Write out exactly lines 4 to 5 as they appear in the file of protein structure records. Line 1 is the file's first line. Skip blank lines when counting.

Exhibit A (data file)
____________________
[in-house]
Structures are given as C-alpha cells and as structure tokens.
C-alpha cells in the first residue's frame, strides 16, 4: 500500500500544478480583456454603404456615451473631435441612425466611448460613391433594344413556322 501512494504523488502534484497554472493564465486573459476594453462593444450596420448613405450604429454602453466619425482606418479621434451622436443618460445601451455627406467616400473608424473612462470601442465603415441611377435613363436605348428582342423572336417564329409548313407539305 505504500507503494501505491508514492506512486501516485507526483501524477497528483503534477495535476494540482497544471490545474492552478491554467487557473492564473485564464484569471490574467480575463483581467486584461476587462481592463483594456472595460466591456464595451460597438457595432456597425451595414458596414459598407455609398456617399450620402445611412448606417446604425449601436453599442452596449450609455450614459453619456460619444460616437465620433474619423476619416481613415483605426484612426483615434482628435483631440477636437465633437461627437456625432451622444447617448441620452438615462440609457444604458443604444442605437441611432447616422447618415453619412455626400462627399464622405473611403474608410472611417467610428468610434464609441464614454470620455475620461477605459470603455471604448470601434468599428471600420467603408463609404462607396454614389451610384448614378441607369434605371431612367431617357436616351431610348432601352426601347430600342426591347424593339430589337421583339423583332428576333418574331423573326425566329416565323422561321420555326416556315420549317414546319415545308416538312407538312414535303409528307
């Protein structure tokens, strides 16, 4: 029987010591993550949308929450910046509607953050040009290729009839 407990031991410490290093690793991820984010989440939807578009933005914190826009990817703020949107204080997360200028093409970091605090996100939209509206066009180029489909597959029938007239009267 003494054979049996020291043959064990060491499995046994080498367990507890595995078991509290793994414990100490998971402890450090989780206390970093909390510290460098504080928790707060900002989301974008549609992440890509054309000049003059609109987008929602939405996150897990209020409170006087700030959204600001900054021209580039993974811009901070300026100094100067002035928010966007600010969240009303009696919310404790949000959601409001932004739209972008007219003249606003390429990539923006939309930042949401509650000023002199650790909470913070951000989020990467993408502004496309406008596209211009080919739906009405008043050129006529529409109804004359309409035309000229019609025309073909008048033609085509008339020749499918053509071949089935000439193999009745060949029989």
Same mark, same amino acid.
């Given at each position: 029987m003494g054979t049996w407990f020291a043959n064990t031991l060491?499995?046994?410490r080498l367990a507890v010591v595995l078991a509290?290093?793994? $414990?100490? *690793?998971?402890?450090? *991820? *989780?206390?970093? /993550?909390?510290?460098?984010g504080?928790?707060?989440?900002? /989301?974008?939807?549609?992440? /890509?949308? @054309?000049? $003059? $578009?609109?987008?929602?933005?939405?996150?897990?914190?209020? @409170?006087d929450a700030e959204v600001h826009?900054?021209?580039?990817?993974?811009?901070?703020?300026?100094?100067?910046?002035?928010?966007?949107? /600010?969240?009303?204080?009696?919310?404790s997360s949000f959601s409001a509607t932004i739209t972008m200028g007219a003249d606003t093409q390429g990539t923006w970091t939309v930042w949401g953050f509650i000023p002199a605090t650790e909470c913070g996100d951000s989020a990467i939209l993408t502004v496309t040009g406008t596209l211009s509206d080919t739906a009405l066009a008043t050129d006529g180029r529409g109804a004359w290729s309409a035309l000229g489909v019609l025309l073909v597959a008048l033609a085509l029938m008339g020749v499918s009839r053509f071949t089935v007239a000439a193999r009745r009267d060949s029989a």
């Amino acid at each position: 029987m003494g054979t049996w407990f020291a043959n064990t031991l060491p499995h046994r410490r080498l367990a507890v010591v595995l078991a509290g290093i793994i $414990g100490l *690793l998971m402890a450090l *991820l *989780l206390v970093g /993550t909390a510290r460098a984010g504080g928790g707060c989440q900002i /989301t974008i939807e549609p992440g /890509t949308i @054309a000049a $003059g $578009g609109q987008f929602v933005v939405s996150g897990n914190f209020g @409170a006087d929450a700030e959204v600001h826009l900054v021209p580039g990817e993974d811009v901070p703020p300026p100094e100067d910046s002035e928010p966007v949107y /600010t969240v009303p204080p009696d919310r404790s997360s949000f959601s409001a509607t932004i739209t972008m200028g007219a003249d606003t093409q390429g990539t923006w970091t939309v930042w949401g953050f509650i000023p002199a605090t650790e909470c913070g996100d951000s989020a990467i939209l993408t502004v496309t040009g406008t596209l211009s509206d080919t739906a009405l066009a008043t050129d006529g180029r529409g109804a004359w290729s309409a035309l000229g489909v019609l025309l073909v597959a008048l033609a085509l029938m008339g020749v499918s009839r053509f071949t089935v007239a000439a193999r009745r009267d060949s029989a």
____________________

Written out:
């Protein structure tokens, strides 16, 4: 029987010591993550949308929450910046509607953050040009290729009839 407990031991410490290093690793991820984010989440939807578009933005914190826009990817703020949107204080997360200028093409970091605090996100939209509206066009180029489909597959029938007239009267 003494054979049996020291043959064990060491499995046994080498367990507890595995078991509290793994414990100490998971402890450090989780206390970093909390510290460098504080928790707060900002989301974008549609992440890509054309000049003059609109987008929602939405996150897990209020409170006087700030959204600001900054021209580039993974811009901070300026100094100067002035928010966007600010969240009303009696919310404790949000959601409001932004739209972008007219003249606003390429990539923006939309930042949401509650000023002199650790909470913070951000989020990467993408502004496309406008596209211009080919739906009405008043050129006529529409109804004359309409035309000229019609025309073909008048033609085509008339020749499918053509071949089935000439193999009745060949029989």
Same mark, same amino acid.